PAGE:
To properly answer this question it is necessary to first clarify between two distinct types of title insurance: Lender’s Title Insurance and Owner’s Title Insurance.
A lender’s policy is required by most banks and mortgage companies to protect their interest in your property up to the amount of your loan. In the event of an issue with the title, this policy will not cover any equity over and above the loan value and it does not protect the homeowner.
In order for your interest in the property to be protected, you must secure an owner’s title insurance policy. These policies address the homeowner’s liability and provide protection up to the full value of the property.
Not All Title Insurance Is Transferable
It’s tempting to just say no, title insurance is not transferable and it cannot be converted to a new owner to the property. However, different situations affecting the property impact lender’s and owner’s insurance policies in different ways:
- The property is sold – When a property is sold the lender’s insurance policy terminates with the fulfillment of the seller’s loan. Similarly, the owner’s title policy dissolves as the seller relinquish ownership of the property. Neither policy can be transferred or assumed by another party. The buyer must purchase his or her own title insurance policies.
- The property is refinanced – If a home is refinanced and the prior loan is paid off, then the lender’s policy terminates. Your lender will require a new policy on the new loan to protect their investment in the property. However, since ownership has not changed, the owner’s title insurance policy remains in place.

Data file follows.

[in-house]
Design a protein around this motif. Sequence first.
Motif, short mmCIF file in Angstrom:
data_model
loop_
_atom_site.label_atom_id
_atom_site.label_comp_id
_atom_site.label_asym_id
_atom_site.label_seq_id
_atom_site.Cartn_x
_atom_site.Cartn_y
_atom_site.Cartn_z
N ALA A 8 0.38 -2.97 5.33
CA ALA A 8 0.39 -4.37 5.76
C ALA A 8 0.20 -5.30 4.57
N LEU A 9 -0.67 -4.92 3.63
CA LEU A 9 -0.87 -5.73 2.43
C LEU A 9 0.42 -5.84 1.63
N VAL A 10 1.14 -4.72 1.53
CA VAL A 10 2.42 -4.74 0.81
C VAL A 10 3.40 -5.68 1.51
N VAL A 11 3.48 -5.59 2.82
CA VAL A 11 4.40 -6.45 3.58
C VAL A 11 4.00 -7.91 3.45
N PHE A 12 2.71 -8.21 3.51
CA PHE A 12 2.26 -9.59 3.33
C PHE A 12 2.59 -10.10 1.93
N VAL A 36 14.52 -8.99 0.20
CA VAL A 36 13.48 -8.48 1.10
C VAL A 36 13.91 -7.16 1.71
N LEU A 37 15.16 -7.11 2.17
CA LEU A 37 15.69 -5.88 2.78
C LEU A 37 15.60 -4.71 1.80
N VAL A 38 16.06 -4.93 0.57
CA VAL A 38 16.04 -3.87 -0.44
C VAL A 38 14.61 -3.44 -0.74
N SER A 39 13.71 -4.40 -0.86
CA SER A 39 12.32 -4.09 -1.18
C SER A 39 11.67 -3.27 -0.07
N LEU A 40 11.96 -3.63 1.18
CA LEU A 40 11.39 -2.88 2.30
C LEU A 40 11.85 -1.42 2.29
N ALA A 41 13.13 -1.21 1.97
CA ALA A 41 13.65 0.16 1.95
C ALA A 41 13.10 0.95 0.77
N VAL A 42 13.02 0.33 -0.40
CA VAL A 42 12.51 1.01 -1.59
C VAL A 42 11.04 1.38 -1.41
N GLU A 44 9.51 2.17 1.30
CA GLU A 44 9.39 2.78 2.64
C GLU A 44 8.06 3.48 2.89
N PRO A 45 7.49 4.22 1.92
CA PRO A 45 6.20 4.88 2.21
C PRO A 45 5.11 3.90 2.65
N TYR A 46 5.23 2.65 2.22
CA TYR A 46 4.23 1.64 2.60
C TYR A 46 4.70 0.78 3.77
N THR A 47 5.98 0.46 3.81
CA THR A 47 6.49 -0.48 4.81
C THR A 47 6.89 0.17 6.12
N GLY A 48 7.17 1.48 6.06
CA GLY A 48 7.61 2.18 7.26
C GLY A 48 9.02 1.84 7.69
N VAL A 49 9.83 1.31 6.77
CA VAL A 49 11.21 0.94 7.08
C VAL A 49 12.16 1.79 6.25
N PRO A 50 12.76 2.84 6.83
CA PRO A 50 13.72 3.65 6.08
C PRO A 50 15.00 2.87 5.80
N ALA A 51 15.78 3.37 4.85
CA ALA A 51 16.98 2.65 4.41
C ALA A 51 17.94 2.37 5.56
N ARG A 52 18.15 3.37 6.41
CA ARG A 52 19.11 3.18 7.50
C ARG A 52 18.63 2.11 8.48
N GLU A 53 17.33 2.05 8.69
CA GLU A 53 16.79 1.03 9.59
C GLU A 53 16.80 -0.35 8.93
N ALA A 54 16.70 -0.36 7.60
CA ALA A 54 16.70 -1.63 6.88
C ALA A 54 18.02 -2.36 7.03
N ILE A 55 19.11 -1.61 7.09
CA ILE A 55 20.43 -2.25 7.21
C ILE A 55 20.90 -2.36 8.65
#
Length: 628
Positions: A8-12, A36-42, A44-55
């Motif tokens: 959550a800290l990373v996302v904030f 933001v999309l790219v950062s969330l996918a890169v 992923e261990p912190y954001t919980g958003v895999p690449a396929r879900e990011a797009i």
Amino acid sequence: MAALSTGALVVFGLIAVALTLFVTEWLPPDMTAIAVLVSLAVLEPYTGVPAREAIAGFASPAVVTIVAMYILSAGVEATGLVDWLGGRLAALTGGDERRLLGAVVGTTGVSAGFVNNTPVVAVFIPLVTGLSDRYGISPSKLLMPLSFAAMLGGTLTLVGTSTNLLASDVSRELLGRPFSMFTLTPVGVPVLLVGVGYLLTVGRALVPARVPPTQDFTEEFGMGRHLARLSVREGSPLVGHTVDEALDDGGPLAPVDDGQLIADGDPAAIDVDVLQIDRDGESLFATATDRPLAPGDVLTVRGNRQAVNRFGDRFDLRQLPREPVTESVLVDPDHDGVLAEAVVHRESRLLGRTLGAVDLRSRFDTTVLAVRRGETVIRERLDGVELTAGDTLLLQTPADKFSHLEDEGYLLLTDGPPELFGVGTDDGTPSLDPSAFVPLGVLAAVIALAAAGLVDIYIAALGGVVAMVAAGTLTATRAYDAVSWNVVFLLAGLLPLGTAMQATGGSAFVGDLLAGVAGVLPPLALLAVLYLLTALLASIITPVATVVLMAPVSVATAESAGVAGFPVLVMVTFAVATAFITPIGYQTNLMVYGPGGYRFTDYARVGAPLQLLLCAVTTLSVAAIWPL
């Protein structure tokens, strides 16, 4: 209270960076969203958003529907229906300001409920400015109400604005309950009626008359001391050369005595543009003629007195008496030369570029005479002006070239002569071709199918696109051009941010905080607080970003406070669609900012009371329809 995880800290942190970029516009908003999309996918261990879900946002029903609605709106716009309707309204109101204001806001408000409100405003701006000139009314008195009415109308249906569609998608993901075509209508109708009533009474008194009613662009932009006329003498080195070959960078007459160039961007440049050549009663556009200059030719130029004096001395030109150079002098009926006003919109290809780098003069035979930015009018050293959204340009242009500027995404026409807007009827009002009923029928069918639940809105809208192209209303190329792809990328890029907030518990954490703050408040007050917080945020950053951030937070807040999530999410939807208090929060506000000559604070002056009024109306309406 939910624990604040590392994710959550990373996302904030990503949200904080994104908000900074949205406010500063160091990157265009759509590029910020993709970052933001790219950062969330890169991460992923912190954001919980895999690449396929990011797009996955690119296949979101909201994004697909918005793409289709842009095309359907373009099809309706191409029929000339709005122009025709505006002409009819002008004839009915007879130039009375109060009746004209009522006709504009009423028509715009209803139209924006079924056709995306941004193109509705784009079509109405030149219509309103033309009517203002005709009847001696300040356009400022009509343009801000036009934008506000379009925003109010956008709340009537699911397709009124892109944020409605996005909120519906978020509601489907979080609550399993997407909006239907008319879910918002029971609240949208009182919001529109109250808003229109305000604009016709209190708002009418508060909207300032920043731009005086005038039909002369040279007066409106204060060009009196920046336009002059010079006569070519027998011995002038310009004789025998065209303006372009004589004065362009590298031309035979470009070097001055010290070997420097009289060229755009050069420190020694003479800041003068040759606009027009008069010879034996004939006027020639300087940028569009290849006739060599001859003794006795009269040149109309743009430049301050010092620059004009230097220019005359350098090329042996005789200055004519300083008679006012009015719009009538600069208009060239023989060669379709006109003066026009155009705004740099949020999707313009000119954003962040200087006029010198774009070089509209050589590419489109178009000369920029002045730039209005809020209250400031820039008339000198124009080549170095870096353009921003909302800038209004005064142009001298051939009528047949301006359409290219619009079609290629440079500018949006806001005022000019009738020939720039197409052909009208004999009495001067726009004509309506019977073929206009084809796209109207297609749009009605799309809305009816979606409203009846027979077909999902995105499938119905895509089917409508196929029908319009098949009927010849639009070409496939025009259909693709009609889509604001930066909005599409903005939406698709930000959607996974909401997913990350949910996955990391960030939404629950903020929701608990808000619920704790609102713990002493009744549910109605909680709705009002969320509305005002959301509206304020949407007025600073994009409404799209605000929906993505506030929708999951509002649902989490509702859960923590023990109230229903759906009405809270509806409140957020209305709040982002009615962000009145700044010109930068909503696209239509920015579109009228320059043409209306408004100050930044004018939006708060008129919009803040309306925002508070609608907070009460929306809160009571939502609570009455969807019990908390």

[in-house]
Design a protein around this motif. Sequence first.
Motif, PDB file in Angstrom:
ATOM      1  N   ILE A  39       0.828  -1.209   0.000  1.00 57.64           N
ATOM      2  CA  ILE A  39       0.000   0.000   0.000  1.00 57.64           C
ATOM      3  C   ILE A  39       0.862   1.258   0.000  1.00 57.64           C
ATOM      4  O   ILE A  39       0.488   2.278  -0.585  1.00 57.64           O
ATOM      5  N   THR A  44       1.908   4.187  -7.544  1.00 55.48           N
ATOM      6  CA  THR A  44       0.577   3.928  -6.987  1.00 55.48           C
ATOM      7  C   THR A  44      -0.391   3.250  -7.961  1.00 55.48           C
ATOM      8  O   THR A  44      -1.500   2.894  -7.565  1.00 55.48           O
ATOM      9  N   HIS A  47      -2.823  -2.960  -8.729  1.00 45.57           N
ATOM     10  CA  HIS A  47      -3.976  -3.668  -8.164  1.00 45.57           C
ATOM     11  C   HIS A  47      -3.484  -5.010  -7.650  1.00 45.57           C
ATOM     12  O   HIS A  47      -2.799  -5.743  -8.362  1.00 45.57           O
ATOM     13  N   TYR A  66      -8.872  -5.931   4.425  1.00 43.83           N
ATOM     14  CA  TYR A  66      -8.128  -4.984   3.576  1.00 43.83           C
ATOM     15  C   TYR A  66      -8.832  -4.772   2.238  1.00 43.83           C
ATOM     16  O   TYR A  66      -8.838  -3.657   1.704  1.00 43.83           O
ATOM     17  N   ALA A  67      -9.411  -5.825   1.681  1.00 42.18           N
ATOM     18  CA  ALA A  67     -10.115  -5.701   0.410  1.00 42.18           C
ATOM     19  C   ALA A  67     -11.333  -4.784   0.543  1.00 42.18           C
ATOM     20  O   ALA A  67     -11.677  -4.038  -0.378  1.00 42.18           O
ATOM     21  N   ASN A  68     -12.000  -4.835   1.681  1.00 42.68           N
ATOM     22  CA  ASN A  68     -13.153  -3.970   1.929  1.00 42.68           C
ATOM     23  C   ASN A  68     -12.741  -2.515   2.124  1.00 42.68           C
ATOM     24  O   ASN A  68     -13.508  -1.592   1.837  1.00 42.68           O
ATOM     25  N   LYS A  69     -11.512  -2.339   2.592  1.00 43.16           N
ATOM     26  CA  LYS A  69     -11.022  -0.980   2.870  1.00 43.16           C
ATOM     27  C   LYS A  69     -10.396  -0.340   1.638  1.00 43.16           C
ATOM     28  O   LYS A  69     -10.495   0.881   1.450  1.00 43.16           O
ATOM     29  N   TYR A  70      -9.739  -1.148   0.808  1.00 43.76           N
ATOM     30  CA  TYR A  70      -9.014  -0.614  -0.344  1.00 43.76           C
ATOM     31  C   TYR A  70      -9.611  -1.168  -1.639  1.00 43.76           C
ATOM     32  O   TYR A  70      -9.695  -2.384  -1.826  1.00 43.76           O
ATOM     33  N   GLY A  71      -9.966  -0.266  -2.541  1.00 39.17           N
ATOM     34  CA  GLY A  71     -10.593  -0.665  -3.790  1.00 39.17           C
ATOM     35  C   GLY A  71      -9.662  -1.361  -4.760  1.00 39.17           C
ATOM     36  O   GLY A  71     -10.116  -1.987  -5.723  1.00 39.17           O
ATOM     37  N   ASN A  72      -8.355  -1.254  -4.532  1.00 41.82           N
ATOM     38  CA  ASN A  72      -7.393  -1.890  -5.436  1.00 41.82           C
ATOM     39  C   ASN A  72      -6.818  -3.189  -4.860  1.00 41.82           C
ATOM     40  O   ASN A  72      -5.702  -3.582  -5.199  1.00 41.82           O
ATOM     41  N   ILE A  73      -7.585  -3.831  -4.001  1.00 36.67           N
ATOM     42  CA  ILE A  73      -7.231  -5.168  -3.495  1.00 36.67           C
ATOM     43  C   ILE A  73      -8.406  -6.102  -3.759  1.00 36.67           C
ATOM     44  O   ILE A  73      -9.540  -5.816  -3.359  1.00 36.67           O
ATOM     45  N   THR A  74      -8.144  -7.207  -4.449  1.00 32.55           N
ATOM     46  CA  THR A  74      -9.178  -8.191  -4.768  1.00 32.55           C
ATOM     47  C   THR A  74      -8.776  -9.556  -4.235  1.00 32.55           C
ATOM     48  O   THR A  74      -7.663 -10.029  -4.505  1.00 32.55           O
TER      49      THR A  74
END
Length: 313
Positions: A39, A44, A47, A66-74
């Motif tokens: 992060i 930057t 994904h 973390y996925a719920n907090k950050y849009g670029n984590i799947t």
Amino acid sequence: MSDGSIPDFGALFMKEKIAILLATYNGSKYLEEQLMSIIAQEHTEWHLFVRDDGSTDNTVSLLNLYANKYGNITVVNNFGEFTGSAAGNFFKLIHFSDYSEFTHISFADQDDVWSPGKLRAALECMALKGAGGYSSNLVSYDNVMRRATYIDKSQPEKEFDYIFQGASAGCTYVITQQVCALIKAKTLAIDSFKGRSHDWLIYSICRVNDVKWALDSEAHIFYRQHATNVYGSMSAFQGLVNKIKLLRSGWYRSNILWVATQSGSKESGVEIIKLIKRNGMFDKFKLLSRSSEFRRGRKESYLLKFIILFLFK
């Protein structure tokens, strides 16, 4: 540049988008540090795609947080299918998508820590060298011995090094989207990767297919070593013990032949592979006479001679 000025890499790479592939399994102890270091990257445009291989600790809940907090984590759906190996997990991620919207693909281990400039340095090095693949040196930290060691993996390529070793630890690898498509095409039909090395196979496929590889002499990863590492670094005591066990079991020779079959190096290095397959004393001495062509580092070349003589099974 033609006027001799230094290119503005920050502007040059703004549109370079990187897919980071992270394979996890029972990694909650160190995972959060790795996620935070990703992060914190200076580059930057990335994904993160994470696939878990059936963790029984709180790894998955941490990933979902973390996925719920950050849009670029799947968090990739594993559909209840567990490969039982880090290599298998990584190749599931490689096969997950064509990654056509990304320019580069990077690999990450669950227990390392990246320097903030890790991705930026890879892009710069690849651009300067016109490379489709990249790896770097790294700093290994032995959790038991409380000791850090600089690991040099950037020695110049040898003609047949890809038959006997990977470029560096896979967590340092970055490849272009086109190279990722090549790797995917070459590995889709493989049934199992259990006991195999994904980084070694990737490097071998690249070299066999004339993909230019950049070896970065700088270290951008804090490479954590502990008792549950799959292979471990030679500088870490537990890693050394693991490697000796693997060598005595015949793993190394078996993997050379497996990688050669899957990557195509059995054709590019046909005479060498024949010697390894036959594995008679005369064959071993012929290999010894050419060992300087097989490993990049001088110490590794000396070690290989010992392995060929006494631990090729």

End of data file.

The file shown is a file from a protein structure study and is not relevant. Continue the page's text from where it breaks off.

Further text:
- The property is passed down to an heir – Most owner’s policies lasts as long as you or your heirs own the property. Depending on the terms of your coverage, your policy may also provide warrantor’s coverage after you no longer own the property. If there is still a mortgage on the property, the lender’s insurance policy may remain in effect if the loan is assumed by an heir. However, if the loan is refinanced, the lender’s policy will terminate and new policy will likely be required.
Regulations and requirements may vary widely from state to state. If you are not sure whether or not your policy is transferrable (or under which conditions), be sure to contact your title insurance company for answers specific to your situation.
It is important to note that, generally, title insurance can only be purchased at closing. If a mortgage is involved, a lender’s policy will be mandatory. However, an owner’s title policy is optional and often bypassed, leaving the homeowner vulnerable to liability. If purchasing property, be sure to carefully research your options for an owner’s title insurance policy.